Music and Recording Features
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Stereophile Staff Jun 26, 2009 Published: Feb 26, 2008 0 comments
It starts quietly enough, with a simple falling-fifth motif, but the first movement of Sergei Rachmaninoff's neglected Piano Sonata 1 develops into a work of epic proportions nearly 40 minutes in length, with haunting melodies, massive dynamic contrasts, and lush, sensual harmonies.
Stereophile Staff Jun 26, 2009 Published: Dec 26, 2007 1 comments
Stereophile's seventh CD of Minnesotan male choir Cantus, called with delightful originality Cantus (CTS1207) and recorded at 88.2kHz with 24-bit resolution, is now available from our e-commerce page, for $16.95 plus S&H.
John Marks Jun 19, 2009 0 comments
Back when there were bricks-and-mortar retail record stores to speak of in tenses other than past, I used to participate in new-release conferences. Retail-store buyers—the people who decided whether consumers would see your CDs as they browsed in the stores—would gather at a nice destination, such as Lake George, New York. The various labels would then make presentations about their upcoming new releases.
John Swenson Nov 22, 2008 0 comments
Frank Zappa was well known for a lot of things—his sharp satiric wit, his virtuoso guitar improvisations, his excellence as a bandleader, his fearlessness in combating hostile political forces and crooked record-industry executives. But Zappa is all too rarely given credit for his status as one of the most creative musical imaginations of the 20th century, regardless of genre.
Art Dudley Oct 17, 2008 0 comments
Stereo Review, the world's most popular audio magazine during most of its time on Earth, was a common target of derision from the hobby's so-called high-end press, not least of all from me. We criticized its nerdy, boring prose, its uniformly positive reviews, and, most of all, its shameless pimping of the notions that measurements reveal all there is to know about a component, and that all competently engineered components sound equally fine.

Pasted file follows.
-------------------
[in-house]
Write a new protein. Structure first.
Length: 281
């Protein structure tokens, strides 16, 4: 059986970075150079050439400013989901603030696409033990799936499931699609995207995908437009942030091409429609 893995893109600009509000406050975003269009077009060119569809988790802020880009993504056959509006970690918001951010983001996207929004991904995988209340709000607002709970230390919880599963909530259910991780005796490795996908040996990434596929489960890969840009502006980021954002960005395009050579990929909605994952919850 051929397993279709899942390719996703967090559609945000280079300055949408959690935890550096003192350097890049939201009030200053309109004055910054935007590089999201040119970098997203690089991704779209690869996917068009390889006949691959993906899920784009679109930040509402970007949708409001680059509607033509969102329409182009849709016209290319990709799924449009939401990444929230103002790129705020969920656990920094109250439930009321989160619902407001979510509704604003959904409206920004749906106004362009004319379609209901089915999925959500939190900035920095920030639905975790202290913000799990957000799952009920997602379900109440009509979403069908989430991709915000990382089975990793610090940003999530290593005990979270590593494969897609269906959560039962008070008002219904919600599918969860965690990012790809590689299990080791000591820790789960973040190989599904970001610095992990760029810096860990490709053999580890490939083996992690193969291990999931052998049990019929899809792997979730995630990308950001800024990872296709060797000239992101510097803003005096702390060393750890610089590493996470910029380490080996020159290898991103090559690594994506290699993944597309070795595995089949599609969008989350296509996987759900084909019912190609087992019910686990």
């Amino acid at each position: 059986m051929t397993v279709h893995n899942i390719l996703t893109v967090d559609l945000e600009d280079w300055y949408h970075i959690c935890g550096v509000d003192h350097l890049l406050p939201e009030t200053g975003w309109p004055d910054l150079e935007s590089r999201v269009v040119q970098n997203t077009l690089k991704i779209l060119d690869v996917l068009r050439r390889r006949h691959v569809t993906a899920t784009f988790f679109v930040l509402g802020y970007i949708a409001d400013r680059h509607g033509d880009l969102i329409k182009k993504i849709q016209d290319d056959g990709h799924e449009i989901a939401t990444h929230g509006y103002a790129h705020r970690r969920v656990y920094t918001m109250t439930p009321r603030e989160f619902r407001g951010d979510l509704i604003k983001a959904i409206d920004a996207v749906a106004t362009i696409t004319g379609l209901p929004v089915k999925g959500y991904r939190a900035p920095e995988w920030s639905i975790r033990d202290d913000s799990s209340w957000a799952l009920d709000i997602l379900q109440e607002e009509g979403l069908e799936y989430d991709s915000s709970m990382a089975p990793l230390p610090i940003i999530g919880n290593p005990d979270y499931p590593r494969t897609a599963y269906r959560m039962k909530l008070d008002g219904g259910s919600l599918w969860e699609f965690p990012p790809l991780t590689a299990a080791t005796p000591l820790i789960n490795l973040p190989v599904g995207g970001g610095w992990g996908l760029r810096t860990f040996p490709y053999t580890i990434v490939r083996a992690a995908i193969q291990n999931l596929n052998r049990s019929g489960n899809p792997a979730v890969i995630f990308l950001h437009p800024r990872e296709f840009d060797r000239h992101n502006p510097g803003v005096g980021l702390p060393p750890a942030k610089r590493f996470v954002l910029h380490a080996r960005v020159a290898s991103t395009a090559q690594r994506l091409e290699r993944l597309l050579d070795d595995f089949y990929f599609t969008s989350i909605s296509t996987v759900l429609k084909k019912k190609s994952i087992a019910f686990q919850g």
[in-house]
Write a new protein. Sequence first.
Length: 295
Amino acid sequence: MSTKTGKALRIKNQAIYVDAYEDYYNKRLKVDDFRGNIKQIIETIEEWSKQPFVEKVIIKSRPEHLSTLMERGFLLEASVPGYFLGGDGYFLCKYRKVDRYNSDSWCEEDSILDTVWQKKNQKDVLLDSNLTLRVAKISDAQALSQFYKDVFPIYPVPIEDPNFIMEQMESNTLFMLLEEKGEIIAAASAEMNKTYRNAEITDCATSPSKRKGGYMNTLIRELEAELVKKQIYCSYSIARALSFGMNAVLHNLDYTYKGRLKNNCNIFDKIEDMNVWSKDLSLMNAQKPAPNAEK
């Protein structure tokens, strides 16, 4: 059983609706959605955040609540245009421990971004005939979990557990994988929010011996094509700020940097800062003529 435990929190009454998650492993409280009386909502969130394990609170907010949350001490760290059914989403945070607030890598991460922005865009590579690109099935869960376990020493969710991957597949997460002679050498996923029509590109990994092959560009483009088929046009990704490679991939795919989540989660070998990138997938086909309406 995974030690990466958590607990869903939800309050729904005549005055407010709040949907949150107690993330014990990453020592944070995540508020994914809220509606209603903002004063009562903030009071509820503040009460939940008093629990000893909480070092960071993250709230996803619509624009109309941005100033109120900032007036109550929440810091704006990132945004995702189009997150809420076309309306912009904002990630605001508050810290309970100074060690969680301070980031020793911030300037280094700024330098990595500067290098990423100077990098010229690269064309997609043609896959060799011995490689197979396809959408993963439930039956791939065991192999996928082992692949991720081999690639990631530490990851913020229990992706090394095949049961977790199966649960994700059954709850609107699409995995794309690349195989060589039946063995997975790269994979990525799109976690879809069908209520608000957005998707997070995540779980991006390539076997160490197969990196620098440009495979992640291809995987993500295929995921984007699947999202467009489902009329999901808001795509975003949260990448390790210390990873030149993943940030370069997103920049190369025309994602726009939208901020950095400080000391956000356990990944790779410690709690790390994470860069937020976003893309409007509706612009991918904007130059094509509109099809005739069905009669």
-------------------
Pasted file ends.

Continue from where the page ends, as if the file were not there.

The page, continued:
Art Dudley Aug 20, 2008 0 comments
Snobbery is a disease of the imagination.—Peter Straub, "Little Red's Tango"
John Marks May 01, 2008 Published: Apr 01, 2008 0 comments
US composer Morten Lauridsen's Lux Aeterna is one of the indisputable masterpieces of the 20th century. John Atkinson has recorded the male vocal group Cantus's performances of Lauridsen's O Magnum Mysterium (on Comfort and Joy: Volume One, Cantus CTS-1204) and Ave Maria Dulcissima (on Cantus, Cantus CTS-1207). (And great recordings they are—one engineer chum thinks JA's Cantus recording of OMM is the single best-engineered choral recording he's ever heard.)
John Marks Feb 26, 2008 0 comments
Another gosh-darn write-in competition! Sorry! They're like peanuts (or Campari and tonics). It's almost impossible to stop at just one.
Robert Baird Nov 02, 2007 Published: May 02, 2006 0 comments
Before I even turn on the recorder, Willie Nile is telling me his theory of how the granite under Manhattan Island conducts electricity, which accounts for the perceptible charge that many people feel makes New York City so special. It's also what draws artists like flies, none more passionate than singer-songwriter Nile, who's personally contributed a few volts during his years in NYC.
John Atkinson, Wes Phillips Aug 18, 2007 Published: Sep 18, 2007 0 comments
John Atkinson: Making It Live